5 Top Tips for Rolling Forecast Success

As accountants, we should know the value of rolling forecasts. Most of us have the vision, but quite often we are lacking on implementation. Having helped companies across various industries successfully implement rolling forecasts, here are my top 5 tips for rolling forecast success.

What are rolling forecasts?

Rolling forecasts are typically undertaken on a monthly or quarterly basis and have a time horizon at least 12 months into the future. The benefits of rolling forecasts are numerous and can include these:

  • The flexibility to re-allocate resources such as labour, raw materials and capital to better align with current and expected business conditions
  • Fosters a culture of accountability and ownership with the wider business in terms of businesses performance and alignment with its financial goals
  • Better identifies risks and opportunities that should continually be evaluated in an ever-changing business environment
  • Removes the need to do a disruptive and time-consuming annual budget. The business may simply adopt the most recent forecast as their budget.

 

Finance report with charts on table

With these benefits in mind, how does a business successfully adopt a rolling forecast methodology? Here are my top 5 tips.

How to adopt a rolling forecast

1. Move beyond Excel

This one is first for a good reason – spreadsheets are static and one-dimensional. It is essential to consider a fit-for-purpose software platform to eliminate errors and drive automation, whilst retaining flexibility to change models in line with business needs.

Making the process efficient and easy to undertake is vital in achieving success when non-finance people are involved in the forecasting process.

2. Leverage drivers

True rolling forecasts predict an organisation’s performance in response to economic change and growth. It is not just about drivers of profitability – it is about what drives your working capital and risk. Each of these components should be properly integrated, but rarely are.

You need to construct your planning models with a focus on the key internal and external drivers of revenue and expense. Don’t overcomplicate it – start with a few of the primary drivers and add more once the rolling forecast is bedded down.

3. Conduct scenario analysis

Most of us manage to unify the planning models across departments so scenario analysis can be undertaken, but quite often our models don’t enable scenario modelling with the sufficient flexibility or level of detail. This is usually because we all ‘cut corners’ to facilitate the forecast, which is generally due to inadequate tools (see point 1).

There are software platforms available that help you easily conduct different scenarios and compare and contrast the impact of certain decisions.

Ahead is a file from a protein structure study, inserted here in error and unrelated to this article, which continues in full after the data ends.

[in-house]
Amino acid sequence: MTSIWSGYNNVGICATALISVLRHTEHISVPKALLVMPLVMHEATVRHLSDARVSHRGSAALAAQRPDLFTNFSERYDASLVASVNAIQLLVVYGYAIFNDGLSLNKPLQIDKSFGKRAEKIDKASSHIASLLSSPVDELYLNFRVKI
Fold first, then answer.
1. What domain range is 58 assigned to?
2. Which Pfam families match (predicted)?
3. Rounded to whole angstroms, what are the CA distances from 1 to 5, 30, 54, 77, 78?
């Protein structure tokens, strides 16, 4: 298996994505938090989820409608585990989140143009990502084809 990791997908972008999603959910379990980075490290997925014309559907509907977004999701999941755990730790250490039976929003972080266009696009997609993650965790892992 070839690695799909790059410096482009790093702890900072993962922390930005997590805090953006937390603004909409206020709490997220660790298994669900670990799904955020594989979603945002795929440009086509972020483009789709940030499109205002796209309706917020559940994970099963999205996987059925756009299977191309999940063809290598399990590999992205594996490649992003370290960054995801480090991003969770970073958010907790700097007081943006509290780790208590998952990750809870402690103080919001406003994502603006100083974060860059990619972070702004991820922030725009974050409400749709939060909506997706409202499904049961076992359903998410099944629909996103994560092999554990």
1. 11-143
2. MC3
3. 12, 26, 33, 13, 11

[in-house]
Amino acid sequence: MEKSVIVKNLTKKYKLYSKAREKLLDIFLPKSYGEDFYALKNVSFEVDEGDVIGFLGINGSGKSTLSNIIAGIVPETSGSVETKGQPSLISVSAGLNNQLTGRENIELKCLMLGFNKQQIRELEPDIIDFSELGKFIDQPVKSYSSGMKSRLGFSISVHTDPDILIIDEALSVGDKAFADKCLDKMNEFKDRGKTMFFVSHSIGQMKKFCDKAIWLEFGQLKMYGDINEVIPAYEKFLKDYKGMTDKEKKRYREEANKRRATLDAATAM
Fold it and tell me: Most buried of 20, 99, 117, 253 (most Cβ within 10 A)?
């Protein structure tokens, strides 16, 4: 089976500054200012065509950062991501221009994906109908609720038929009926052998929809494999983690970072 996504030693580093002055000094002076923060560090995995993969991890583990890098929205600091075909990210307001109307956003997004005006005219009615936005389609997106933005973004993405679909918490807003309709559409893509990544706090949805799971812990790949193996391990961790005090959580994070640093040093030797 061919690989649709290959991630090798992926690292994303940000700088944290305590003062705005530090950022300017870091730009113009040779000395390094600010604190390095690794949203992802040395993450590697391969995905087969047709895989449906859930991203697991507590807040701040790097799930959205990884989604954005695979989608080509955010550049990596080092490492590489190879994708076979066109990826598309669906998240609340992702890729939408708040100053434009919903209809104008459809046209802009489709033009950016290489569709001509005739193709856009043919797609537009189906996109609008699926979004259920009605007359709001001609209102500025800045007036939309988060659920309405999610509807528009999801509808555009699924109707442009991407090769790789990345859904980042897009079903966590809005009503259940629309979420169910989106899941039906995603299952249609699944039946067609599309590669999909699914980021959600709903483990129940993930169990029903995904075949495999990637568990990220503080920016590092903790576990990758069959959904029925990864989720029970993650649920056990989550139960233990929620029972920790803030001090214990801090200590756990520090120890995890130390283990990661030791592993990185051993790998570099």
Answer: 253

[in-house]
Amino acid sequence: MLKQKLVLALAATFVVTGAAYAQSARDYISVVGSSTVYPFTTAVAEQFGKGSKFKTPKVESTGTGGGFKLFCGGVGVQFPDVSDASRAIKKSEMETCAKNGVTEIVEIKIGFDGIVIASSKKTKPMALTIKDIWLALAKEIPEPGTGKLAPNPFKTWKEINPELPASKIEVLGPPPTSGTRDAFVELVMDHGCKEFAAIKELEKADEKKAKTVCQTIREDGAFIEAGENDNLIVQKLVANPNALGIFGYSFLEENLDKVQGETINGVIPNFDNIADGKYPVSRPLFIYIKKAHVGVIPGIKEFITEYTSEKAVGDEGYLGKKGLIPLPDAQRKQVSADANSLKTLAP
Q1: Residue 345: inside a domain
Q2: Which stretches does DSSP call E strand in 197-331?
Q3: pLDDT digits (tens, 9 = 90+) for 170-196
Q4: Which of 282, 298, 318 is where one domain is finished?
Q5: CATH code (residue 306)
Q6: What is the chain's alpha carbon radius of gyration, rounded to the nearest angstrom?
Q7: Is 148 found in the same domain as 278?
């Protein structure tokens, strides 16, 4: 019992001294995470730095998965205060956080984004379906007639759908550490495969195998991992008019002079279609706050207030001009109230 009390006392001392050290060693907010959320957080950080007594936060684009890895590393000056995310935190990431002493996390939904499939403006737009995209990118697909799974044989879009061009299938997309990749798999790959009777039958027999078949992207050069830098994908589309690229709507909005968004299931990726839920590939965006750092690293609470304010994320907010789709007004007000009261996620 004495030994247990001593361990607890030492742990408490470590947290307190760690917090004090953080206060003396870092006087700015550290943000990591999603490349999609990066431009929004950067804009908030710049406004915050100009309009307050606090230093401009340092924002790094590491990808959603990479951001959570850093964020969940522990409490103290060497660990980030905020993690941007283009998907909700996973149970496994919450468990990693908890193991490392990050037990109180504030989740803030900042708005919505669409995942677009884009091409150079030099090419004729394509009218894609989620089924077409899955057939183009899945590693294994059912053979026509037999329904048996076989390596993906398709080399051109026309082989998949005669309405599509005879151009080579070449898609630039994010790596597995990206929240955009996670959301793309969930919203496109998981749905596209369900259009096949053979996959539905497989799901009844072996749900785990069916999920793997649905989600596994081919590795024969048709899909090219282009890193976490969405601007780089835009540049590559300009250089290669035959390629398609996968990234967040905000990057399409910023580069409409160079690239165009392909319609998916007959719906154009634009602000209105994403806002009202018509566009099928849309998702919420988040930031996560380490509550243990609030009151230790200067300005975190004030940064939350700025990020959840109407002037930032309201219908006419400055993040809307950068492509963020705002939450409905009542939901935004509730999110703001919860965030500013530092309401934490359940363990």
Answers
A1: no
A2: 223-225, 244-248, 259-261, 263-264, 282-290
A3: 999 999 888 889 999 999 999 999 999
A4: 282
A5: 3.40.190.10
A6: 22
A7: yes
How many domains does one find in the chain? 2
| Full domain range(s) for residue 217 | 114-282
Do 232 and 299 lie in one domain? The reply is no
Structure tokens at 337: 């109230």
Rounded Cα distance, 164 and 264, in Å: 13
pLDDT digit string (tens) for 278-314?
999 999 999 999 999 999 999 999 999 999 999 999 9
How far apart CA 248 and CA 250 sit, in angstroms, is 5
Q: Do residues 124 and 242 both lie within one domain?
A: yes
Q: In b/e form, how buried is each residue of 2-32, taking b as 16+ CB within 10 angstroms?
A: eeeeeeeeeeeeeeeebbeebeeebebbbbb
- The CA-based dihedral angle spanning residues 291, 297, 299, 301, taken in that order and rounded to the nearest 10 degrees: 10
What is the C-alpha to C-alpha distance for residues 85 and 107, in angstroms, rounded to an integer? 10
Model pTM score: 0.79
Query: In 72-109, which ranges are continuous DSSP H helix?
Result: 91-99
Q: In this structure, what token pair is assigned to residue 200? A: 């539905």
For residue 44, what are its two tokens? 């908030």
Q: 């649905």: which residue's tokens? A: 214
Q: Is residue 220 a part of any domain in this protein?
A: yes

4. Choose the right time frame

Clearly, forecasting intervals and the time horizon should reflect the needs of the organisation. Work out how long your business takes to make key decisions about operations, capacity and capital spending and align your forecasting strategy accordingly.

Comparison of traditional and rolling forecast in a chart

5. Monitor performance

It may seem obvious, but ultimately this is about the convergence of Planning and Analytics across departments within your business so that sales, finance, HR and operations are continually in sync, and metrics and KPIs are constantly monitored, reviewed and fed back into plans.

So those are my top 5 tips. But where are the points relating to tackling people and culture here, you ask? Well you will have much more success if you tackle systems and process first, of which I have alluded to in some of my points above.

Processes should be fast, flexible and allow for collaboration, whilst reducing or eliminating non value-adding activities. Systems, by definition, should not centre on Excel spreadsheets, because they are not capable in providing the process improvements necessary to drive change in the people and culture.

Remember, the value of introducing rolling forecasts cannot be underestimated. Having a more agile business that is more able to adapt to competitive threats or changing business conditions, whilst also fostering a culture of ownership and accountability of forecasts, will have a real and positive impact on business profitability. 

 

Considering rolling forecasts for your organisation? Looking for a solution to help you budget and forecast efficiently? QMetrix works with organisations across Australia to strategise and implement corporate Budgeting and Planning solutions.

This post was originally published on 5 September 2015 and updated since.

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